Passover

The information below is only applicable for Passover 2020

Four Ways to Kasher Kitchen Utensils for Passover

One of the most daunting preparations we make for Passover is kashering our year‑round utensils for Passover use. As with all areas of halachah, those who are unsure of how to apply the rules of kashering to their situation should consult an Orthodox rabbi. (Of course, if one does not want to kasher their year-round utensils, they can simply buy new utensils for use on Passover only.)

Why do we need to kasher our year-round kitchen utensils for Passover? The Torah (Bemidbar 31:23) requires kashering any utensils acquired from a non-Jew, as they are presumed to have been used with non-kosher foods (and will therefore have absorbed non-kosher flavors). Since chametz on Passover is also forbidden, the Talmud applies the laws of kashering to utentils used with chametz as well.

There are four basic ways to kasher kitchen utensils:

The prescribed method for kashering each item depends on how the utensil was pre‑viously used for non-kosher (or chametz) foods. For a list of common kitchen utensils and how to kasher each one, click here.

It is recommended to kasher all utensils before the end of the time on erev Pesach that one is allowed to eat chametz. Kashering may not be done on Passover itself.

1. Libun Gamur (Burning)

For utensils used directly in the fire (e.g. BBQ grates)

These utensils must be kashered by placing them back into
fire. This process has the effect of burning away any absorbed
non-kosher or chametz tastes.

  • To qualify as complete libun, the metal must be heated
    until it glows. Running the self-clean cycle on an oven (approx. 850° F) also
    qualifies as libun.
  • There is no need to scrub the utensil before performing libun, since the fire will
    burn off any residue, but some cleaning is advised.
  • There is no need to let the utensil sit idle for 24 hours before doing libun, although
    it is advised to do so if possible.

2. Libun Kal (Light Burning)

Can sometimes be used in place of hagalah (boiling), or when the need for libun (burning) is only an added stringency (eg. stove grates)

  1. First, prepare the utensil by thoroughly cleaning it with hot water
  2. After cleaning and drying, the utensil should be left unused for 24 hours.
  3. Heat the utensil to a dry temperature of 550° F (i.e. in the oven) for a minimum of
    one hour

3. Hagalah (Boiling in water)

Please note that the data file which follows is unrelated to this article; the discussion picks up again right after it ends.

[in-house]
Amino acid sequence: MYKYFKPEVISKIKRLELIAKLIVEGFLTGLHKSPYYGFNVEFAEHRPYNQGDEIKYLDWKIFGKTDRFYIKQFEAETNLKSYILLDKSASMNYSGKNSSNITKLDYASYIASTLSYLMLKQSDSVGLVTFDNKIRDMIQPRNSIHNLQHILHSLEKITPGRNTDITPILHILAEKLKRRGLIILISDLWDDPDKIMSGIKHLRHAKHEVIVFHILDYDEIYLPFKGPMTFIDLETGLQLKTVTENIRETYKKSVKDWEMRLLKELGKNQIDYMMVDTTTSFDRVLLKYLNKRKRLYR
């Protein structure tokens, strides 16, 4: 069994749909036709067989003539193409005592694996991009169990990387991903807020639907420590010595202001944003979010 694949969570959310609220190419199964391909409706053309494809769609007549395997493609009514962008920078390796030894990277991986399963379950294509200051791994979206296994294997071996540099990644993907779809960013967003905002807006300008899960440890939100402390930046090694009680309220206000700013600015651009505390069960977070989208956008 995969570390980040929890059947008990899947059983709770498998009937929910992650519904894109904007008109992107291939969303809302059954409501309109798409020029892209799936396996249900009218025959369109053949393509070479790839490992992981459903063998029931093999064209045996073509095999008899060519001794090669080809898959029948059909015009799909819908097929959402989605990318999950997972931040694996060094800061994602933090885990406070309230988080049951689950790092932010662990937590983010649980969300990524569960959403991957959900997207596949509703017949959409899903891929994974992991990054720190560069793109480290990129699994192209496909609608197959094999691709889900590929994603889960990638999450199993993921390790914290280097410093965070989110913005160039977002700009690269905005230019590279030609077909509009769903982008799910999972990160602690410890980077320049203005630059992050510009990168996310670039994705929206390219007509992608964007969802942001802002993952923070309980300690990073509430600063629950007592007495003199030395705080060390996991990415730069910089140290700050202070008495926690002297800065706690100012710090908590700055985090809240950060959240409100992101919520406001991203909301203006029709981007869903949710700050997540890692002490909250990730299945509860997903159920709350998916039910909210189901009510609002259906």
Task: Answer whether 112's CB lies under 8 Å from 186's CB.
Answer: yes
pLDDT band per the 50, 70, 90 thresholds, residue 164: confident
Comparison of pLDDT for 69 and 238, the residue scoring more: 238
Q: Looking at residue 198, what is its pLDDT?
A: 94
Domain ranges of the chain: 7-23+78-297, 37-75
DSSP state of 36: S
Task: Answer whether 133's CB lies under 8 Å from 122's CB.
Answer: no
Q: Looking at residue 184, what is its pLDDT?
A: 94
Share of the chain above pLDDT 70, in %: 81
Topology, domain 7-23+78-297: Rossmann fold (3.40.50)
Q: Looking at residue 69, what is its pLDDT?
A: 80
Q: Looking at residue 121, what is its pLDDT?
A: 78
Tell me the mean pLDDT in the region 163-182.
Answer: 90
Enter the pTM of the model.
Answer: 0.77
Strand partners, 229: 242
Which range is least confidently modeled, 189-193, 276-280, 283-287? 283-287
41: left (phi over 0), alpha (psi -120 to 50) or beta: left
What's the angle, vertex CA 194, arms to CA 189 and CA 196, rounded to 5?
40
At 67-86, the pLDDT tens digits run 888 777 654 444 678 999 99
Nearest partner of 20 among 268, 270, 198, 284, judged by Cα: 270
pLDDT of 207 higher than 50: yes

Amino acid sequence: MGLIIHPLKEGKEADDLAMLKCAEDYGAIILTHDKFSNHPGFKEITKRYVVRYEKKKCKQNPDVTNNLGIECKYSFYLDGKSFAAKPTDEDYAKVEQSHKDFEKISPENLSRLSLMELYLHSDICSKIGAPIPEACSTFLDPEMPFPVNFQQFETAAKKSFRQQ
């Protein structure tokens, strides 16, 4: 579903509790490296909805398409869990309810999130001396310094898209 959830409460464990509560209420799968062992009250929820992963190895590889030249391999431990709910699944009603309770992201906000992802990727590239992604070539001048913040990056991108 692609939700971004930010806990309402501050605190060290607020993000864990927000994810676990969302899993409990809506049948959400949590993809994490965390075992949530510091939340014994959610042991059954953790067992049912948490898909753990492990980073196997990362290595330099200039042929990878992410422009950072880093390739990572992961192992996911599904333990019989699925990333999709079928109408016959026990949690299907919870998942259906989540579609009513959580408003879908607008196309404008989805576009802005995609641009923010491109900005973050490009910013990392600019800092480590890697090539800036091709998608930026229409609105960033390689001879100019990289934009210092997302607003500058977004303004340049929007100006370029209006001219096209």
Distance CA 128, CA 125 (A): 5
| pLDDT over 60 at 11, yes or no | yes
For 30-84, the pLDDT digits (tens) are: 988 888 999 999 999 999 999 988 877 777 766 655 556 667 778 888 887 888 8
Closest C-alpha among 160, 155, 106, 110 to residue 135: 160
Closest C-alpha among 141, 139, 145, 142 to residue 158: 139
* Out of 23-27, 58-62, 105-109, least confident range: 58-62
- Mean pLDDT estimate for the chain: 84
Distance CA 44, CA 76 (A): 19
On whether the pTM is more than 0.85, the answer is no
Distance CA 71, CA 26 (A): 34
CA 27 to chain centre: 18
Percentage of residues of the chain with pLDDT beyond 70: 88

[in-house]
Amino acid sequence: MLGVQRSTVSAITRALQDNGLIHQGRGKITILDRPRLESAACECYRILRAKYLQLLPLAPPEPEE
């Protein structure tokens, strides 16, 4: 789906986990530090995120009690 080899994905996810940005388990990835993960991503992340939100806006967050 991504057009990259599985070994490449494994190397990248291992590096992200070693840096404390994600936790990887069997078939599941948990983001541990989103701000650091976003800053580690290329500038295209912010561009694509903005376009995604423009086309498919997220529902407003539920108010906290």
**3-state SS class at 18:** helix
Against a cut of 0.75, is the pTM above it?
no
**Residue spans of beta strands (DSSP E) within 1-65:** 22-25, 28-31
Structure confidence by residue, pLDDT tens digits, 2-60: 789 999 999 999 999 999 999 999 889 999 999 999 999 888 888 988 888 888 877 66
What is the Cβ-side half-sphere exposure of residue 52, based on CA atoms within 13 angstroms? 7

For utensils that were used to cook non-Passover items with liquid (eg. silverware or pots)

  1. First, prepare the utensil by thoroughly cleaning it with hot water.
    • Only utensils that can be scrubbed clean may be kashered. Items that have narrow cracks, crevices, deep scratches or other areas that cannot be cleaned, cannot be kashered for Passover.
    • The following, for example, cannot be kashered for Passover: pots with rolled lips, bottles with narrow necks, filters, colanders, knives (or other utensils) where food can get trapped between the blade and handle.
  2. After cleaning and drying, the utensil should be left unused for 24 hours.
  3. After 24 hours have elapsed, immerse the utensil into a pot of boiling water.
    • It is necessary that every part of the utensil makes contact with the boiling water.
      To accomplish this, the immersion process can be done in parts. For example, a large spoon can be immersed into a pot of boiling water for 10 seconds, turned over and then the remainder of the spoon can be immersed.
  4. Remove the utensil from the boiling water and rinse it off in cold water.

Ideally, the pot used for hagalah should be a Passover pot that is reserved strictly for this purpose

Otherwise, chametz utensils may be kashered in a clean non-Passover pot that was not used for 24 hours. If using a non-Passover pot, the minhag is to kasher the pot first, with hagalah. (To kasher the pot, boil water in the pot and then discard the water. Then boil new water in the pot for the hagalah immersion process.)

4. Iruy (Pouring boiling water)

For utensils that only came in contact with hot liquid being poured over them (eg. sink faucet)

  1. First, prepare the utensil by thoroughly cleaning it with hot water.
  2. After cleaning and drying, the utensil should be left unused for 24 hours.
  3. Pour boiling water from a Passover kettle over the utensil.

For utensils that came in contact with hot liquid being poured over them AND hot solids falling onto them

If the utensil came into contact with hot chametz solids, as well as liquids, then one should kasher the utensil by pouring boiling water accompanied by an even melubenet, a heated stone. The kashering cannot begin until the utensil is cleaned and not used for 24 hours.

For example, a kitchen sink typically comes into contact with both hot liquids and hot solids (eg. pasta). To kasher a sink with an even melubenet: Attach a stone to a clamp, and heat the stone on the stove for a minute. While pouring boiling water over all surfaces of the sink (iruy), move the stone along the sink with the boiling water so that the water is reheated on the surface of the sink. The stone may need to be reheated on the stovetop several times, since the stone may cool down quickly.

Which Materials Can Be Kashered?

Metal, Wood, Stone, Composite Stone, Natural Rubber and Fabric

Usually, these materials can be kashered.

Ceramic (such as china) or Enamel-coated pots

These materials cannot be kashered.

Glass

Ashkenazim have the custom not to kasher glass.

Plastic and Other Synthetic Materials

Some poskim do not permit kashering plastic or other synthetic materials for
Passover; however, the opinion of the OU rabbanim is that they may be kashered, if
there is a need. Ask your rabbi for guidance.

List of Specific Kitchen Utensils

For a list of common kitchen utensils and how to kasher each one for Passover, click here.